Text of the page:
• would only do an "update" if there's need to.
(22 Mar '12, 04:34) Volker Barth
2

Shorter form: "AND dbnumber = DB_ID()"

(22 Mar '12, 05:13) Arthoor
1

Duh! I figured there must be a function that gave the number of the current database but I didn't see it. Thanks.

(22 Mar '12, 08:20) Mark Culp

Looks good, thanks Mark. I need to spend some more time with Mr. Merge. One of those things that came across as a new feature and I thought was neat but never really practiced.

(22 Mar '12, 09:41) Siger Matt
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Sounds very common to me - "insert on existing" still looks way easier:)

(22 Mar '12, 10:10) Volker Barth
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showing 3 of 10 show all flat view

An old-school solution for the maximum number of connections to this database...

CREATE TABLE max_connected_users ( 
   on_date         DATE NOT NULL PRIMARY KEY,
   max_connections INTEGER NOT NULL );

CREATE EVENT record_max_connections TYPE CONNECT HANDLER
BEGIN

INSERT max_connected_users
   ON EXISTING SKIP
   VALUES ( CURRENT DATE, 0 );

UPDATE max_connected_users
      SET max_connections = GREATER ( max_connections, DB_PROPERTY ( 'ConnCount' ) )
    WHERE on_date = CURRENT DATE;

END;
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answered 21 Mar '12, 14:07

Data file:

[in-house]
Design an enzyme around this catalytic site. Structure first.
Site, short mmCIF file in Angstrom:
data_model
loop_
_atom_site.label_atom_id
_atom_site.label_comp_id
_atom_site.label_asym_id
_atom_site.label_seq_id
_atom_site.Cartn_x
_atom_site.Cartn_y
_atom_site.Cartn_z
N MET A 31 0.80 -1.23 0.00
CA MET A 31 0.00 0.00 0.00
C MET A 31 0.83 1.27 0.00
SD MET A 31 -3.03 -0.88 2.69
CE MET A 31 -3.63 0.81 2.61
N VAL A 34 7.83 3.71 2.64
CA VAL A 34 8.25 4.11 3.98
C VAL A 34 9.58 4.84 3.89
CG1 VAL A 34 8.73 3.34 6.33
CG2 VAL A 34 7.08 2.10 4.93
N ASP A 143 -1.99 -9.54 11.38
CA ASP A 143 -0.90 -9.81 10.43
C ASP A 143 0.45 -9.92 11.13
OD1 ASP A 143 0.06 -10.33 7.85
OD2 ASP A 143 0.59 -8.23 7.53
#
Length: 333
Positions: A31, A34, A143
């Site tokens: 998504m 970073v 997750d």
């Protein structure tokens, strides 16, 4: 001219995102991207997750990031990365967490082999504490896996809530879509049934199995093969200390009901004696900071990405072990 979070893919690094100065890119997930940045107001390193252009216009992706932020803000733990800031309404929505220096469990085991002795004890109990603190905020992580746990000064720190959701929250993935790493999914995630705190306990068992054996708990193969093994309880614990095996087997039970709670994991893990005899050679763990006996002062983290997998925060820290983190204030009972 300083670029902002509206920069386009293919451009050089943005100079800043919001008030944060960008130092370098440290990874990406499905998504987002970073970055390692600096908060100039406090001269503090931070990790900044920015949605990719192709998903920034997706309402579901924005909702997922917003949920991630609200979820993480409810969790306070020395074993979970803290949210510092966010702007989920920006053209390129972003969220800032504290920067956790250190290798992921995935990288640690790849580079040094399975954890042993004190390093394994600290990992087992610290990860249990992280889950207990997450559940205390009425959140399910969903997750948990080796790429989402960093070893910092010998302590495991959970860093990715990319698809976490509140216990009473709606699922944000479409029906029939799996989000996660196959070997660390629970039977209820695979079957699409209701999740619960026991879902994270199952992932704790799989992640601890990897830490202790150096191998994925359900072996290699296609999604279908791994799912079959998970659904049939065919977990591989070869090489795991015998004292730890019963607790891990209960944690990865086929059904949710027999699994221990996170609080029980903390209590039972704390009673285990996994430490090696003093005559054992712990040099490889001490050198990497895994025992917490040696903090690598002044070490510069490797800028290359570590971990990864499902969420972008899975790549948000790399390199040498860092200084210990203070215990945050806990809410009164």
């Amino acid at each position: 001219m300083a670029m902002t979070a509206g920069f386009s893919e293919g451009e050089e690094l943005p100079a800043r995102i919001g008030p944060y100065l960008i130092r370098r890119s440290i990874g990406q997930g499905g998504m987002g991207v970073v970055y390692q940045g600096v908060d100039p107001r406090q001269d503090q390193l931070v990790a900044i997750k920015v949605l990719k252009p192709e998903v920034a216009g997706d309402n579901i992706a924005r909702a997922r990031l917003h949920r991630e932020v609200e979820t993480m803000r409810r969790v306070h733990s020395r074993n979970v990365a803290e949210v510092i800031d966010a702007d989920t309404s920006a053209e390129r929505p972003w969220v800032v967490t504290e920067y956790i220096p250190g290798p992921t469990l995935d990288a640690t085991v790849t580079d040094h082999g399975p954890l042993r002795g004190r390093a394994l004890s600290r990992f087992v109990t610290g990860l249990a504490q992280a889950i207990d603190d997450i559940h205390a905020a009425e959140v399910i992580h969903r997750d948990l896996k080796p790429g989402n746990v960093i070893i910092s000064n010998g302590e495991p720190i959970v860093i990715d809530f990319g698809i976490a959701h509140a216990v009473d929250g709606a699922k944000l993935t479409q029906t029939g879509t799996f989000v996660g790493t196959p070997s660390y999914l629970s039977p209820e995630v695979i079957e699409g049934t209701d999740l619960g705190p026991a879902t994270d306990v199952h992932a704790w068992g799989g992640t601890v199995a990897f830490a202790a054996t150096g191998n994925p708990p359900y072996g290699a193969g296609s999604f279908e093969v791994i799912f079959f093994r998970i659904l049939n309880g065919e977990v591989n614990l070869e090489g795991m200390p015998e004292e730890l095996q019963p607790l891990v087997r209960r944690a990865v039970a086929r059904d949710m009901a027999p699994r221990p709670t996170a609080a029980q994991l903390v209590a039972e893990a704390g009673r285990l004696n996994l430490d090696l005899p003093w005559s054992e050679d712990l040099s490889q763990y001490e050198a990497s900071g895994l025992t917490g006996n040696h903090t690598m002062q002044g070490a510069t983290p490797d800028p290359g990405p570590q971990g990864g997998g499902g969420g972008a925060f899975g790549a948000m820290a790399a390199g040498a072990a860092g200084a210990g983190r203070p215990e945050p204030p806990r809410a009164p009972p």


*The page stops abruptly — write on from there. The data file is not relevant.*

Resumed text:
Breck%20Carter's gravatar image

Breck Carter
27.3k424585836
accept rate: 21%

edited 21 Mar '12, 14:09

Note that the ConnCount database property counts more than just user connections - it includes event connections and external environment connections.

(21 Mar '12, 14:47) Mark Culp

@Breck: "Old-school" - so you don't code MERGE all the day? :)

(22 Mar '12, 04:35) Volker Barth
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Someday, I will code a MERGE... alt text

(22 Mar '12, 10:56) Breck Carter

You can have a look at the file sadiags.xml in this you find an entry maxconcurconn, as Mark stated: "...records the maximum concurrent client connections that was seen during the database server's up-time..."

see also question: Any documentation for sadiags.xml?

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answered 22 Mar '12, 06:05

Martin's gravatar image

Martin
8.6k115149237
accept rate: 14%

That's a nice hint - but how to analyze these numbers in the "maxconcurconn" node?

<F N="0" D="0" M="1,6,0,2,0,0,1,0,1,0,0,0,0,1,0,0,0,0,2,0,1" />
<F N="1" D="1,1" M="2,3,3,2,5,0,2,0,0,1,1,3,1,1,0,0,1,4,7,1,1,1,1" />

(Yes, my somewhat rash comment on your cited question - "self-documenting XML" - hits back...)

(22 Mar '12, 08:14) Volker Barth
Replies hidden

My understanding is, that N is the number of concurrent connections, but maybe Mark can give use more insight

(22 Mar '12, 08:50) Martin
2

In the above two posted examples the N="0" and N="1" specify the maximum number of concurrent connections and the D-list and M-list of numbers refer to the number of times that that maximum was hit in the previous days and months respectively. Note that the days and months are relative to the date specified at the top of the file in the S tag. HTH

(22 Mar '12, 09:20) Mark Culp

@Mark: Thanks for the clarification!

I should add, this excerpt is taken from a rarely-used test server on my box, and there were further entries with N > 1:)

(22 Mar '12, 10:09) Volker Barth
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question asked: 21 Mar '12, 11:52

question was seen: 1,801 times

last updated: 15 Mar '13, 21:18